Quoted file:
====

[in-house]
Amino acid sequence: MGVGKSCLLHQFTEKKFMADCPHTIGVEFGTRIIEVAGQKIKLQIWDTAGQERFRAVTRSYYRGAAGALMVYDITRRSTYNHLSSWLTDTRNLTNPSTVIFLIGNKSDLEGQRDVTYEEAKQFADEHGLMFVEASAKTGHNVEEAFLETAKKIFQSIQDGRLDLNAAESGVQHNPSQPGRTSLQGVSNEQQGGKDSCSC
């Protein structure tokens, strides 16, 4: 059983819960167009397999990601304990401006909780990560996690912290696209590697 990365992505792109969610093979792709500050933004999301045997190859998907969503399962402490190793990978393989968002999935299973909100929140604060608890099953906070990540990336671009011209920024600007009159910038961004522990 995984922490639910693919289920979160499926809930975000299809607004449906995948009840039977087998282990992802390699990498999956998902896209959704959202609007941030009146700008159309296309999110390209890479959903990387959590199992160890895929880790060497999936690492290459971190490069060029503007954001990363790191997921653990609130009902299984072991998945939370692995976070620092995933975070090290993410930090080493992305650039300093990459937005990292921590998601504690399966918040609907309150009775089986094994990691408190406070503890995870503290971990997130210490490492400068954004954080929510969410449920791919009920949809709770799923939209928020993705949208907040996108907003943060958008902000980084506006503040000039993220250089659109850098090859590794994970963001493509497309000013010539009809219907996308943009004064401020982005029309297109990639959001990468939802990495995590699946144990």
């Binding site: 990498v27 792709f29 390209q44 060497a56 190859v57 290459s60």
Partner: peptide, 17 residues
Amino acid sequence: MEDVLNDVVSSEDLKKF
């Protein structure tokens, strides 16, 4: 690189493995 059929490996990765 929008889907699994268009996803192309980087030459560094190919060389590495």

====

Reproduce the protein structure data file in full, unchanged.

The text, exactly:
[in-house]
Amino acid sequence: MGVGKSCLLHQFTEKKFMADCPHTIGVEFGTRIIEVAGQKIKLQIWDTAGQERFRAVTRSYYRGAAGALMVYDITRRSTYNHLSSWLTDTRNLTNPSTVIFLIGNKSDLEGQRDVTYEEAKQFADEHGLMFVEASAKTGHNVEEAFLETAKKIFQSIQDGRLDLNAAESGVQHNPSQPGRTSLQGVSNEQQGGKDSCSC
């Protein structure tokens, strides 16, 4: 059983819960167009397999990601304990401006909780990560996690912290696209590697 990365992505792109969610093979792709500050933004999301045997190859998907969503399962402490190793990978393989968002999935299973909100929140604060608890099953906070990540990336671009011209920024600007009159910038961004522990 995984922490639910693919289920979160499926809930975000299809607004449906995948009840039977087998282990992802390699990498999956998902896209959704959202609007941030009146700008159309296309999110390209890479959903990387959590199992160890895929880790060497999936690492290459971190490069060029503007954001990363790191997921653990609130009902299984072991998945939370692995976070620092995933975070090290993410930090080493992305650039300093990459937005990292921590998601504690399966918040609907309150009775089986094994990691408190406070503890995870503290971990997130210490490492400068954004954080929510969410449920791919009920949809709770799923939209928020993705949208907040996108907003943060958008902000980084506006503040000039993220250089659109850098090859590794994970963001493509497309000013010539009809219907996308943009004064401020982005029309297109990639959001990468939802990495995590699946144990």
């Binding site: 990498v27 792709f29 390209q44 060497a56 190859v57 290459s60």
Partner: peptide, 17 residues
Amino acid sequence: MEDVLNDVVSSEDLKKF
């Protein structure tokens, strides 16, 4: 690189493995 059929490996990765 929008889907699994268009996803192309980087030459560094190919060389590495």